Factors Associated With Decrease in Cellular HIV-1 DNA Level
In multivariate analysis, a high baseline CD4 cell count and the absence of previous exposure to antiretroviral therapy were found to be predictive factors of a decrease in cellular HIV-1 DNA level greater than 0.50 log10 copies/106 PBMCs (Table 3). As illustrated in Table 4, which displays baseline values and decreases from baseline to week 72 in cellular HIV-1 DNA and plasma HIV-1 RNA according to baseline CD4 count, the magnitude of decrease in cellular HIV-1 DNA tended to be greater in patients with a higher baseline CD4 cell count than in others. In contrast, a decrease in plasma HIV-1 RNA did not seem to be dependent on the baseline CD4 cell count, and no association was found between HIV-1 RNA response at week 72 and the baseline CD4 count (P = 0.52).
Relations Between Plasma HIV-1 RNA and Cellular HIV-1 DNA Responses to Therapy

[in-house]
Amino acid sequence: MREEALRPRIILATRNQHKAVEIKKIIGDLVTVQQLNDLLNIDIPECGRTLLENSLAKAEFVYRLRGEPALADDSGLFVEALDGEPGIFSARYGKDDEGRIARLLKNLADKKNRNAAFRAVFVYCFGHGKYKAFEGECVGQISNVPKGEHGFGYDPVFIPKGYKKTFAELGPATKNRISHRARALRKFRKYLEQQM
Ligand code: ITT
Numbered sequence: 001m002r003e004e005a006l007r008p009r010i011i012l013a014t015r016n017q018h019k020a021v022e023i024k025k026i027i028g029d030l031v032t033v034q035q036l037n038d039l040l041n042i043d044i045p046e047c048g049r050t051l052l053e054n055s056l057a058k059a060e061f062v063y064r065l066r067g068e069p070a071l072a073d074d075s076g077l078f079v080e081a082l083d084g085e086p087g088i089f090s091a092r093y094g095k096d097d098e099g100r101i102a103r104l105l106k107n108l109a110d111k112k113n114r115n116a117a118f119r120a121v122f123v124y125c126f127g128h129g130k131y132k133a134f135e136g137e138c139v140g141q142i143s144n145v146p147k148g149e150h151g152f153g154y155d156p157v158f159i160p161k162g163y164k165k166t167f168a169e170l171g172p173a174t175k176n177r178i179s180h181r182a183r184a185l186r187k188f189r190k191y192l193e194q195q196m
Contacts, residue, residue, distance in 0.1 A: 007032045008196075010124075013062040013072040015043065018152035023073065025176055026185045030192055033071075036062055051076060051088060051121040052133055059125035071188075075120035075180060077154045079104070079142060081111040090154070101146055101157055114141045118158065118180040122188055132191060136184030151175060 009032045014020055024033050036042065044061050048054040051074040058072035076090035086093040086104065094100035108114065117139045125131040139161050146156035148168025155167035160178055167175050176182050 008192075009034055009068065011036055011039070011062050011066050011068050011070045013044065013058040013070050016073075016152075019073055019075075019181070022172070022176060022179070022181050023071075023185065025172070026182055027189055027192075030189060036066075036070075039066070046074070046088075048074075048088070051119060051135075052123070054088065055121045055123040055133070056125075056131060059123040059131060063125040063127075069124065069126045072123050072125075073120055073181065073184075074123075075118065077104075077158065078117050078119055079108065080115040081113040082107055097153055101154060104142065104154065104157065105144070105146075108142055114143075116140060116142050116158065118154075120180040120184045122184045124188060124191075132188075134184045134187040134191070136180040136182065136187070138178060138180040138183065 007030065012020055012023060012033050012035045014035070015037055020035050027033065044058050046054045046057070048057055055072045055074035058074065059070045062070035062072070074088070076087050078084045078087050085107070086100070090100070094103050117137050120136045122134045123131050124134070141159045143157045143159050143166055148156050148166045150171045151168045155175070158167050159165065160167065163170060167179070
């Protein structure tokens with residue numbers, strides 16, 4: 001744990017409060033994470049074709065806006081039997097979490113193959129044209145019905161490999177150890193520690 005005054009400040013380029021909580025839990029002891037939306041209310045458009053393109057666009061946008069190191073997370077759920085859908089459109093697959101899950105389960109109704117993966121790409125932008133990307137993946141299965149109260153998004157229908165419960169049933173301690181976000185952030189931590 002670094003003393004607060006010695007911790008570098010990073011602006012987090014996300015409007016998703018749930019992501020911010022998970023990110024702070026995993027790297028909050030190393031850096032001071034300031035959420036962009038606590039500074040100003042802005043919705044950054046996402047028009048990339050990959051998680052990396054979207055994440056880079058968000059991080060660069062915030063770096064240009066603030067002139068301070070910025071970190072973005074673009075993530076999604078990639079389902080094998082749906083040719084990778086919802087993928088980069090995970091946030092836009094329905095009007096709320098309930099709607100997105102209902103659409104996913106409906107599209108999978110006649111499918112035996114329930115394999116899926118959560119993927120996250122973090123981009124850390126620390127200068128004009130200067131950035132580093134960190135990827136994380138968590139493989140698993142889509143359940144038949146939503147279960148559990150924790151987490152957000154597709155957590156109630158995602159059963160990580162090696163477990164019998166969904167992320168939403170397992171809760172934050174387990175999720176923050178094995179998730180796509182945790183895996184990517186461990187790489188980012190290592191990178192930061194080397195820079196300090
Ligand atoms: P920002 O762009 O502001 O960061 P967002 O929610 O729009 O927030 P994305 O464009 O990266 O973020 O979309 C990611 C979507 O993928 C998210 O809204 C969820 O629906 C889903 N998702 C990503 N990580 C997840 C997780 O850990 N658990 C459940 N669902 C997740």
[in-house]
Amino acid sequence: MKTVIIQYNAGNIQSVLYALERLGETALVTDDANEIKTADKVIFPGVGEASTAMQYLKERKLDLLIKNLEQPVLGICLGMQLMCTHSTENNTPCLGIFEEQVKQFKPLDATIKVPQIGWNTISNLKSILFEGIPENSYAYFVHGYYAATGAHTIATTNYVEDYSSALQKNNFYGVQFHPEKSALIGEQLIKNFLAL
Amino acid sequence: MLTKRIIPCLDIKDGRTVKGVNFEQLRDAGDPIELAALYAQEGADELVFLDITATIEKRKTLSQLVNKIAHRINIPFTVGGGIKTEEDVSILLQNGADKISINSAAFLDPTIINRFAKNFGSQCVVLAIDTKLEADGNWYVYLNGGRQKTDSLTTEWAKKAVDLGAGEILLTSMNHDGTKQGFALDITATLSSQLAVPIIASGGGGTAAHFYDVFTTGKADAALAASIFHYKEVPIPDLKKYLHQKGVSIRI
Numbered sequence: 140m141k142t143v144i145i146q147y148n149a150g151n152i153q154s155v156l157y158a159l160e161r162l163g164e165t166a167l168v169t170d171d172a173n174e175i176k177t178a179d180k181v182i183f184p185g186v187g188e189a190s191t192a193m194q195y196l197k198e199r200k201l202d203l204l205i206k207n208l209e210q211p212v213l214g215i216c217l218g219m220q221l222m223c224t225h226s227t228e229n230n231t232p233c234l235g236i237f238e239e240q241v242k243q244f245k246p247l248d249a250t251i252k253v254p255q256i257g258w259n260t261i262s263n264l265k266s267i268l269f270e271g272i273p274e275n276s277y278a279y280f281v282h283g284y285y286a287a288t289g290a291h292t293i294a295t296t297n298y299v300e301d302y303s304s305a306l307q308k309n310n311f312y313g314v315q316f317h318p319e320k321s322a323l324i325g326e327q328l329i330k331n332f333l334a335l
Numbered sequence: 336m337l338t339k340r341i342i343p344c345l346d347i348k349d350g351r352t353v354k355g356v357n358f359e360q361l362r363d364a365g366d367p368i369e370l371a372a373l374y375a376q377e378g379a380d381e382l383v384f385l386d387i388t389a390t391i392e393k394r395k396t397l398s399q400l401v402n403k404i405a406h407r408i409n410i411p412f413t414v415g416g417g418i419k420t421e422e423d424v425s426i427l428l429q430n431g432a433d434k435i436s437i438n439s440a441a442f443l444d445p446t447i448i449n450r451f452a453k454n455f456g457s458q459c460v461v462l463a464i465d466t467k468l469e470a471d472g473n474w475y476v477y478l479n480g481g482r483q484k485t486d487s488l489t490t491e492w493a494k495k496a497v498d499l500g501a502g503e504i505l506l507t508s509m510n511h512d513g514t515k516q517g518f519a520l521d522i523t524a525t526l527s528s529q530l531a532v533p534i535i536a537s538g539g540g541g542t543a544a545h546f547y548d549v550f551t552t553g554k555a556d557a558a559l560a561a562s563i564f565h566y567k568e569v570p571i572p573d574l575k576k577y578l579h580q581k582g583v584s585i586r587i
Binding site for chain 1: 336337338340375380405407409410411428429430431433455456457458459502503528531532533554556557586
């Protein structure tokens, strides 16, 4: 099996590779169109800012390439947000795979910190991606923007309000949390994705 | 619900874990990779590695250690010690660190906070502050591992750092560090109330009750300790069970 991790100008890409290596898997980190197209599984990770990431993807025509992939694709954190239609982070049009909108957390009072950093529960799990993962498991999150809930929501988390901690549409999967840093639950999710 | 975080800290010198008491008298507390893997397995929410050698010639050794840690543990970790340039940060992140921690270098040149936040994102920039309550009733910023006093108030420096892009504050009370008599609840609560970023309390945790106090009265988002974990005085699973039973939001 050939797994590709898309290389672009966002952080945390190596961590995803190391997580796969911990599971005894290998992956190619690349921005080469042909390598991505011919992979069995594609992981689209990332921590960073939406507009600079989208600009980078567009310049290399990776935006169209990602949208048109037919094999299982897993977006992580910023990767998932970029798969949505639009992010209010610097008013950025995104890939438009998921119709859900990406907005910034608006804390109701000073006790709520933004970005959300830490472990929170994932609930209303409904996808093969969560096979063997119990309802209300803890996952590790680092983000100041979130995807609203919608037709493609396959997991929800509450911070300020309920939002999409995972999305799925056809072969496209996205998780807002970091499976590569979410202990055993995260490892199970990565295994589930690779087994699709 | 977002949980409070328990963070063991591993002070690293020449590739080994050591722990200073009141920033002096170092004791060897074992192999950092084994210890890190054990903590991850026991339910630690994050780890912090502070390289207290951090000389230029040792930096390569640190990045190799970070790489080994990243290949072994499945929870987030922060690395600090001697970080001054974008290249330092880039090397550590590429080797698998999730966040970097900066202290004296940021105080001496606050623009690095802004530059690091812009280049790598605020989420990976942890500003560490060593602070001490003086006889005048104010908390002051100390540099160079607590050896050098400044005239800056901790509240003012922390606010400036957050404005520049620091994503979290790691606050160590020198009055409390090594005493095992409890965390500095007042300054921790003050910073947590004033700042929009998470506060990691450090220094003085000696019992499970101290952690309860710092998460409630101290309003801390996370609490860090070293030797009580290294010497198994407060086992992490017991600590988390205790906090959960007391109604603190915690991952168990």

The baseline cellular HIV-1 DNA level was significantly lower in patients with undetectable plasma HIV-1 RNA at week 8 than in others (2.76 and 3.16 log10 copies/106 PBMCs, respectively; P = 0.0001). It was also marginally lower in patients with undetectable plasma HIV-1 RNA at week 72 than in others (3.03 and 3.17 log10 copies/106 PBMCs, respectively; P = 0.037). An early decrease, from baseline to week 16, in the cellular HIV-1 DNA level was not predictive of the plasma HIV-1 RNA level at week 72 (P = 0.97), and a decrease from baseline to week 72 in the cellular HIV-1 DNA level was similar in patients who achieved a plasma HIV-1 RNA level less than the limit of 20 copies/mL at week 72 and others (0.54 and 0.45 log10 copies/106 PBMCs in 92 and 33 patients, respectively; P = 0.14). The decrease in HIV-1 DNA was different according to previous exposure to therapy (see Table 2), as was the plasma HIV-1 RNA response, which was more frequent in antiretroviral-naive than pretreated patients (71% and 47%; P = 0.014).